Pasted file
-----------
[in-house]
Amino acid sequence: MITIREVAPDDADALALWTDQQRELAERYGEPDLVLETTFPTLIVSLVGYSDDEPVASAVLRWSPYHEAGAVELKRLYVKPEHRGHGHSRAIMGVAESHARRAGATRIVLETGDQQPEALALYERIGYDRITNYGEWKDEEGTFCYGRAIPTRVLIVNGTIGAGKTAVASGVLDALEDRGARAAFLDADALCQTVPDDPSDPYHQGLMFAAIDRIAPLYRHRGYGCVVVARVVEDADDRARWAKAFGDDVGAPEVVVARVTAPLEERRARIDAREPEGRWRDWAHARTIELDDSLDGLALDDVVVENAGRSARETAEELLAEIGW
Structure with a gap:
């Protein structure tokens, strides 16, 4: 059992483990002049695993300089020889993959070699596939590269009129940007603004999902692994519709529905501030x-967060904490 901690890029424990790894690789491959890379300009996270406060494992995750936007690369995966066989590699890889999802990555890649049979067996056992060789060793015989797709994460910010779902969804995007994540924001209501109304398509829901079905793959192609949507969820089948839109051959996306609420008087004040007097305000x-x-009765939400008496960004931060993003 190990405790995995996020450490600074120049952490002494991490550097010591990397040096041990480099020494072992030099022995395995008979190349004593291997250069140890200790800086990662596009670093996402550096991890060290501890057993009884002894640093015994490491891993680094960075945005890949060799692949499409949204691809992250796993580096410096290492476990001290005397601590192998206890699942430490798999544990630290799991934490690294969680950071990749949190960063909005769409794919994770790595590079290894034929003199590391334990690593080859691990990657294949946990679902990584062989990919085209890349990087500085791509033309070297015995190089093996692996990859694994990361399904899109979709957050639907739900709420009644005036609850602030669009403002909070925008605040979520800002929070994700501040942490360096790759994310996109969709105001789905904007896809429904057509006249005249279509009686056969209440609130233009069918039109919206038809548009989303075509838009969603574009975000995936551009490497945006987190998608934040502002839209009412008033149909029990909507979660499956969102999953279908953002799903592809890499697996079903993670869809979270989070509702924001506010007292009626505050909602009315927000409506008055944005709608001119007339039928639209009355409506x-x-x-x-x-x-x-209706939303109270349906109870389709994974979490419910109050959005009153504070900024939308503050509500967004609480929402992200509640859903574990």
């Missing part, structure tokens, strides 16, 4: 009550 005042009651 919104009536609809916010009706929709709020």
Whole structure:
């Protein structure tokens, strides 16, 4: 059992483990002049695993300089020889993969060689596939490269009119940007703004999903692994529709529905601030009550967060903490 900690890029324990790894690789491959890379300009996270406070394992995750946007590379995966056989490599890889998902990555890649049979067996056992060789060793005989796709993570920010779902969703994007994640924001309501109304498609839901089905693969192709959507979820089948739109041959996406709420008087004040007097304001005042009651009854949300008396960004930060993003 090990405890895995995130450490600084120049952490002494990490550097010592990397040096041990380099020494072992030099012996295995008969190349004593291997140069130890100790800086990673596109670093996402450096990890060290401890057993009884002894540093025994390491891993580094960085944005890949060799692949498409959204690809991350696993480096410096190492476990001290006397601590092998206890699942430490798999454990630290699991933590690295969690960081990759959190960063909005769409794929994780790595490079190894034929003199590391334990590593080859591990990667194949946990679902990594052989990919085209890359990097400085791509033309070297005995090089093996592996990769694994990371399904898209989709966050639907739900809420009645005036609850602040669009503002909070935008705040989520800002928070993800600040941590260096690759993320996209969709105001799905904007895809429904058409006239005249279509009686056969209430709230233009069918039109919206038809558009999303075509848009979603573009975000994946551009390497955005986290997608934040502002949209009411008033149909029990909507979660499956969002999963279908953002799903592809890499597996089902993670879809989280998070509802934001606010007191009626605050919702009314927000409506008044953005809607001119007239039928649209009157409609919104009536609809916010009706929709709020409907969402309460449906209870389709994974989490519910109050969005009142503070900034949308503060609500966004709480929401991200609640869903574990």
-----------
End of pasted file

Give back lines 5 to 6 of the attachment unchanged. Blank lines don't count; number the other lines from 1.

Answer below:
């Missing part, structure tokens, strides 16, 4: 009550 005042009651 919104009536609809916010009706929709709020």
Whole structure: